Speak Easy Stage’s “The Whale”: a review

Cast of The Whale

Cast of “The Whale” (Glenn Perry photography)

By Robert Israel

It is a scene that will cause you to wince: Charlie, played by the incomparable John Kuntz in a “fat suit,” is seated center stage at the Boston Center of the Arts Calderwood Pavillion amidst the clutter of empty soda pop bottles and snack food wrappers, his corpulence weighing him down, mourning the loss a his gay lover by consuming vast quantities of food as his poison of choice.

The action of “The Whale,” by Samuel D. Hunter, now at Speak Easy Stage through April 5, doesn’t stray from this squalid scene for the simple reason that Charlie, who weighs over 600 pounds, is barely ambulatory. Instead, the cast of four players comes to him: his ex-wife, Mary (Maureen Keiller), his friend/nurse, Liz (Georgia Lyman), a young roving Mormon recruiter (Ryan O’Connor), and his estranged teenage daughter, Ellie (Josephine Elwood).

Directed by David R. Gammons, the play is demanding but worthy of your attention. It is a powerful portrait of not just one person but several intertwined lives, each person grasping feverishly onto the unraveling strands of a common bond: their human dignity.

Charlie’s visitors are not coming around for fireside chats. They arrive at his door to either enable him in his misery by bringing him more food, thereby hastening his demise, or to look upon him with pity and disgust. But yet while he’s his own man and makes his own decisions, he needs these human connections. When he receives help he is grateful, but nonetheless, apologizes for everything, knowing he is wearing his visitors down.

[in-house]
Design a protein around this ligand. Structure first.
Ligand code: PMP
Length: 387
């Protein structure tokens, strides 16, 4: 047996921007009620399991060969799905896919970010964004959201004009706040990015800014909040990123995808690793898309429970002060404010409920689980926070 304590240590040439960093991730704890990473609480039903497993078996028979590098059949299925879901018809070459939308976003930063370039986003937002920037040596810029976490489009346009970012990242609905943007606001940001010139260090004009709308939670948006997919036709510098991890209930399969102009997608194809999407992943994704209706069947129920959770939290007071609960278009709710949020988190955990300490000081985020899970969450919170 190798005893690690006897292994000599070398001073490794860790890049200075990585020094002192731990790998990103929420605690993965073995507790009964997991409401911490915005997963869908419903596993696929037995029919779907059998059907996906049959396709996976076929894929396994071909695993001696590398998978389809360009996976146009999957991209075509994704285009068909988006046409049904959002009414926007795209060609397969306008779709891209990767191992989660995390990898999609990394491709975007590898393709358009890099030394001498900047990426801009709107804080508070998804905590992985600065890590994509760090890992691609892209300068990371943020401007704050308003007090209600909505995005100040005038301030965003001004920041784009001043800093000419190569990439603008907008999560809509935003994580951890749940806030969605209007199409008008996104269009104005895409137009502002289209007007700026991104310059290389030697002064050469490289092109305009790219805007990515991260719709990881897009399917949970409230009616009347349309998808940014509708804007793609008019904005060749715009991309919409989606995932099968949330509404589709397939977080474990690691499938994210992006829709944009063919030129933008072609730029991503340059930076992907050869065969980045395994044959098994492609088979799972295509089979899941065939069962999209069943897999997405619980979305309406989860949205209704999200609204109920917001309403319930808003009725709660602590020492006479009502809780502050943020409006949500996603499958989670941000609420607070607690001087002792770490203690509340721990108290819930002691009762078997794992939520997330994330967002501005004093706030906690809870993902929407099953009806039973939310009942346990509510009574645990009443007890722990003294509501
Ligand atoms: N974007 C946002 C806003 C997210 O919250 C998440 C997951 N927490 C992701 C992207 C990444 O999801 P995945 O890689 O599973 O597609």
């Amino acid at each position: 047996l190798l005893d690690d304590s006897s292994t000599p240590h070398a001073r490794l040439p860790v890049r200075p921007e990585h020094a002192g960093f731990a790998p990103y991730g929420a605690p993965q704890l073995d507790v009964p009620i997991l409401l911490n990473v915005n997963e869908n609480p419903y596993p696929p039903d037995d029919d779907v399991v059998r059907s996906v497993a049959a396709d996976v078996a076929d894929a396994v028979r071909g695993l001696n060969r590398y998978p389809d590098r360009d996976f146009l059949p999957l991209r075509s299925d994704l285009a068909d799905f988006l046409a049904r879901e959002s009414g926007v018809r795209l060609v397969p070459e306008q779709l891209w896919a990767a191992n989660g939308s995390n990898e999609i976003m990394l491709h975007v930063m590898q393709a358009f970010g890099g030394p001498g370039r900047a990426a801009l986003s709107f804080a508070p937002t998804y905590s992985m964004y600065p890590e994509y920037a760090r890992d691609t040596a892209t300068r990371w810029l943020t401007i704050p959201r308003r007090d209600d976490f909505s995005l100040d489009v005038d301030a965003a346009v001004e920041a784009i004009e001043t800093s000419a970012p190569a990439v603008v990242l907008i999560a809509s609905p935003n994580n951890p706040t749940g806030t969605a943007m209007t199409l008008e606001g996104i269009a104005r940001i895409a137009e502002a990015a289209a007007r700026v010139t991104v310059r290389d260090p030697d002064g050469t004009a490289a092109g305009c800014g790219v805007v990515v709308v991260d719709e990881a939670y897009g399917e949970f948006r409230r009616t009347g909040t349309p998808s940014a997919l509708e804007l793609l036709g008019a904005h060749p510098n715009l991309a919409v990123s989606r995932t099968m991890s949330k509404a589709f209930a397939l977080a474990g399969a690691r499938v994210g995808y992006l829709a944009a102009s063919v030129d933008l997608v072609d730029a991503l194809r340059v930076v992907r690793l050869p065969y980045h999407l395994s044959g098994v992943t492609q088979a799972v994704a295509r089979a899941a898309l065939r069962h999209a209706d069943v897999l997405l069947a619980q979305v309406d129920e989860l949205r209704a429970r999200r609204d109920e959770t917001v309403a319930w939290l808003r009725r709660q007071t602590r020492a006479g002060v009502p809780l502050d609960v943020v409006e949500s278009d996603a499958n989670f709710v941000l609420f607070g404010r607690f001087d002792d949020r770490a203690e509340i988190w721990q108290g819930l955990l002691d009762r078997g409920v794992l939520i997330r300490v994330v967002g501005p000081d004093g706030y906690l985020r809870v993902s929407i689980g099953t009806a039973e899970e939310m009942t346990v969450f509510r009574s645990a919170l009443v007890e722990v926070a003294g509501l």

Look upon him as a symbol for Everyman: in his infinite capacity to love, he has sucked the weight of the world into himself — all of the pains of others, but especially his own personal pain. He wears this pain, not as a crown of achievement, but as a crown of thorns.

The show belongs to John Kuntz, a veteran actor who embraces this role with depth, pathos, humor, anguish. At first I felt his portrayal was too smarmy, too sweet. But as the scenes unfolded, I realized this is the character, generous to a fault, even if that generosity is monstrous.

There are many surprises along the way as the characters reveal themselves as flawed beings trapped in their own human wrappers of enablement, alcoholism, Mormonism, marijuana, blame and more blame. I will not reveal these but will only say, the journey from first scene to last is well worth taking.

A particular moment that stands out in the playwright’s craft of making us keenly aware of each character’s humanity occurs when Liz realizes the extent of her enablement, and as she comes to this realization, we experience it at the same time. This is not a new theatrical device. Oedipus blinds himself onstage when he realizes he has killed his father and has slept with his mother. Yet in “The Whale” it comes off as if witnessed for the first time. It’s that powerful. It’s that effective.

Hasten to this production. And then, after absorbing all that it reveals, reflect on your own journey and the shared journeys of those who love you.


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